# C# how to check same sign of 2 decimal values using bit?

I have 2 decimal values: a and b. How do I use bit operator to check if two value is same sign?

• Decimal.GetBits()[31] == OtherDecimal.GetBits()[31]..MSDN Source Jun 24, 2013 at 9:13
• @Sayse, after reading the documentation you've linked you'll see that `GetBits` actually returns 4 integers, not 32. Jun 24, 2013 at 9:33
• @Jodrell - I posted hastily moreover to show the msdn link, I put as a comment as I hadn't tested it :) I believe your answer came from the bottom vb example there :) Jun 24, 2013 at 9:35
• @RajeevKumar: yes, that I mean
– TPL
Jun 25, 2013 at 3:32

You can use `Math.Sign()`. When you use `Math.Sign(x)`, if `x` is negative it returns `-1` else if its positive, the function returns `1` or when its `0` it returns `0`. So :

``````if(Math.Sign(a) == Math.Sign(b))
{
// Code when sign matched.
}
else
{
// Code when sign not matched.
}
``````
• I have one question, behind the Sign method, does it use the bit to check?
– TPL
Jun 24, 2013 at 10:39
• I don't know if the `Math.Sign()` method uses bit to check or not. Its a .NET inbuilt function. You may try to disassemble the function to check. Jun 24, 2013 at 12:06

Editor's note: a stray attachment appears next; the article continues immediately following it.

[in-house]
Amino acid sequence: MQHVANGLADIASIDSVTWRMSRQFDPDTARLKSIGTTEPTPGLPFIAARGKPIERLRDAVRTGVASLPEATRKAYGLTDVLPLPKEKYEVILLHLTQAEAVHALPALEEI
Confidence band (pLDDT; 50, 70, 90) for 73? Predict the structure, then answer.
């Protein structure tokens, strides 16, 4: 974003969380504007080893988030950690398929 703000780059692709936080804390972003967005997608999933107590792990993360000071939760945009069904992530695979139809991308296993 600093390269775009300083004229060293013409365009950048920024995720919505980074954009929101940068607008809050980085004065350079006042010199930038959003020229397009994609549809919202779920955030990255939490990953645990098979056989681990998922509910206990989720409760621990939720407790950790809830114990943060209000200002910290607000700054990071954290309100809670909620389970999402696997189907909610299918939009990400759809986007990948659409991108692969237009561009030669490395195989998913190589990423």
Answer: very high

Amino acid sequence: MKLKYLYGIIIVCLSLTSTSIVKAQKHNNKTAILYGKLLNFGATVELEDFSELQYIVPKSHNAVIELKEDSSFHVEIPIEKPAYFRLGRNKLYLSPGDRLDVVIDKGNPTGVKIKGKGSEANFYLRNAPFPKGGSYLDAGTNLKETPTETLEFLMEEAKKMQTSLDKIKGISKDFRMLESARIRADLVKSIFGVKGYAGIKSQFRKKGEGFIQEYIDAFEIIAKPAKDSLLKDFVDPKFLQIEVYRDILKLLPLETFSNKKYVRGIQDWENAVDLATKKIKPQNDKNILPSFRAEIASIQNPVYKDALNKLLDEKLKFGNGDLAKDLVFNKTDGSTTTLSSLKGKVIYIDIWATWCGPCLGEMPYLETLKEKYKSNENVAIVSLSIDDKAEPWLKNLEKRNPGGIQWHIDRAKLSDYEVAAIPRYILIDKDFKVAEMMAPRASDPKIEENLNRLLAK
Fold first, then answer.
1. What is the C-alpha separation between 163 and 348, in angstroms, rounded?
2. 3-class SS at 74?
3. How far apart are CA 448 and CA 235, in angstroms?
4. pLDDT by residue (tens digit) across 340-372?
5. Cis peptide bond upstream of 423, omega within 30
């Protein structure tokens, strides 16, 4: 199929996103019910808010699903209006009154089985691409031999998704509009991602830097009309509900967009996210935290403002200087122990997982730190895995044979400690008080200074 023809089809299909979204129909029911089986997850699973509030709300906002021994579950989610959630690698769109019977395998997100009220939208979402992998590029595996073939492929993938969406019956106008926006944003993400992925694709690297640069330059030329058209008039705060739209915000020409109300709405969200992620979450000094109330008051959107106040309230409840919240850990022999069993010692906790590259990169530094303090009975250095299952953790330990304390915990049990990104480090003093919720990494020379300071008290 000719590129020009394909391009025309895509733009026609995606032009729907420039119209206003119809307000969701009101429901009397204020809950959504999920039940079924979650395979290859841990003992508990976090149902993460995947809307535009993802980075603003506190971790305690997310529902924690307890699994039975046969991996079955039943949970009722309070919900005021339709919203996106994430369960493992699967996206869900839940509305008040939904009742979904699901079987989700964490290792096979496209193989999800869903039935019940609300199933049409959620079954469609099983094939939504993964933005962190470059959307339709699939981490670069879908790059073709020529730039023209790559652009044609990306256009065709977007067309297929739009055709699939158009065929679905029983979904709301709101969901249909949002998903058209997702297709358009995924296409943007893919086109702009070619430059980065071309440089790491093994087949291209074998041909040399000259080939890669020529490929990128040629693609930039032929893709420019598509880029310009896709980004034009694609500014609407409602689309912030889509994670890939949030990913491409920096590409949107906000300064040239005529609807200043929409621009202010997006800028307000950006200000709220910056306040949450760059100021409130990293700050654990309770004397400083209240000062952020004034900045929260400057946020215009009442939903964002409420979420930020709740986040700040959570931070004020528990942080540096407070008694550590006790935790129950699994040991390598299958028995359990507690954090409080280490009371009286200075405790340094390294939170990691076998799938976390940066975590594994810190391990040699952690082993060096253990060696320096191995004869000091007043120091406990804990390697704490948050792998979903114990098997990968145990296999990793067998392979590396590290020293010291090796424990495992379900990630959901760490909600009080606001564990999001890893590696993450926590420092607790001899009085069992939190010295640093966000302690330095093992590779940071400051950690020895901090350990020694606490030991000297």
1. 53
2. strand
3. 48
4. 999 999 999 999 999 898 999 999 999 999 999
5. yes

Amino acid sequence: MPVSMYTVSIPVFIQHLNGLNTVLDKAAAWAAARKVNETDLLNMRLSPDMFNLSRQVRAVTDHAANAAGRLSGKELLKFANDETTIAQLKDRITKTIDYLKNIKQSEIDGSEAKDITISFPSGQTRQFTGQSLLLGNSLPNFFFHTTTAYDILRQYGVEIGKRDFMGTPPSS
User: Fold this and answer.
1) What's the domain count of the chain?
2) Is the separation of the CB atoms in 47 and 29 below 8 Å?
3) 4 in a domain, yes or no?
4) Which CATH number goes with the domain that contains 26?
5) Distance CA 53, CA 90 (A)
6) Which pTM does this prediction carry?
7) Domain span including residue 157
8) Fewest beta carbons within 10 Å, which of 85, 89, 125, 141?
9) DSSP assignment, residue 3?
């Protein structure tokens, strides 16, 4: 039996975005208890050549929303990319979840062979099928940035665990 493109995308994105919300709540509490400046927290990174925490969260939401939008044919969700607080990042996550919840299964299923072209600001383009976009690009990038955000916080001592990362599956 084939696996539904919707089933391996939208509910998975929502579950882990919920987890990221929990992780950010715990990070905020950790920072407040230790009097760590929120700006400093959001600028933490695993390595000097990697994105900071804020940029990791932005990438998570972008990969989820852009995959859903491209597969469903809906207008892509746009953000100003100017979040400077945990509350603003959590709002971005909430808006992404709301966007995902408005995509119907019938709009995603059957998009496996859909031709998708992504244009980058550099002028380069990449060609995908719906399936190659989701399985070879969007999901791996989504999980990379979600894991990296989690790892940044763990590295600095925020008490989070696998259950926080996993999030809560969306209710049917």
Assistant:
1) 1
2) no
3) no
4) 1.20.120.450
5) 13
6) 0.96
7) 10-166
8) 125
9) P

• Check dnSpy. It's great decompiling tool Apr 21, 2017 at 13:30

Do you mean if both are positive or both are negative?

``````bool bothSameSign = (d1 >= 0 && d2 >= 0) || (d1 < 0 && d2 < 0);
``````
• Slightly shorter: `bool bothSameSign = ((d1 >= 0) == (d2 >= 0));` Jun 24, 2013 at 9:15
• I want to use bit to compare, may you have another solution?
– TPL
Jun 24, 2013 at 10:35

I don't think you really need to use the bit operator for this, but if for some reason you must (e.g. this is a school question):

Firstly you can use `Decimal.GetBits()` get all the bits in the two `Decimals` to compare, as an array of 4 ints.

Then you can inspect the sign bit which is at bit 31 in the int at offset 3 in the array of ints.

``````Decimal d1 = 1;
Decimal d2 = -1;

var bits1 = Decimal.GetBits(d1);
var bits2 = Decimal.GetBits(d2);

const int signMask = 1 << 31;
const int signWord = 3;

``````
• Actually I improve performance of code, so I look up the best solution to solve the same sign(positive and negative)
– TPL
Jun 24, 2013 at 10:38

You could make,

``````static int Sign(this decimal value)
{
return Decimal.GetBits(value)[3] & 0x8000;
}
``````

and do

``````a.Sign == b.Sign;
``````

Bitwise shift is required for the sign-checking you want to accomplish:

``````if ( ( number >> sizeof(byte) * sizeof(numberType) -1 ) & 1)
{ /* < 0 */ }
else
{ /* >= 0 */ }

// you can of course use magic numbers
// example for int: if ( ( number >> 31 ) & 1) { /* < 0 */ }
``````

Problem is, you can't bitshift a `decimal`. You would have to do something like this:

``````var shiftableNumber = Int.Parse(Math.Truncate(yourDecimal));
``````

I can't verify it, but I suspect it would defeat the purpose of optimizing through bitwise operators. You might aswell use the builtin `Math.Sign()` directly.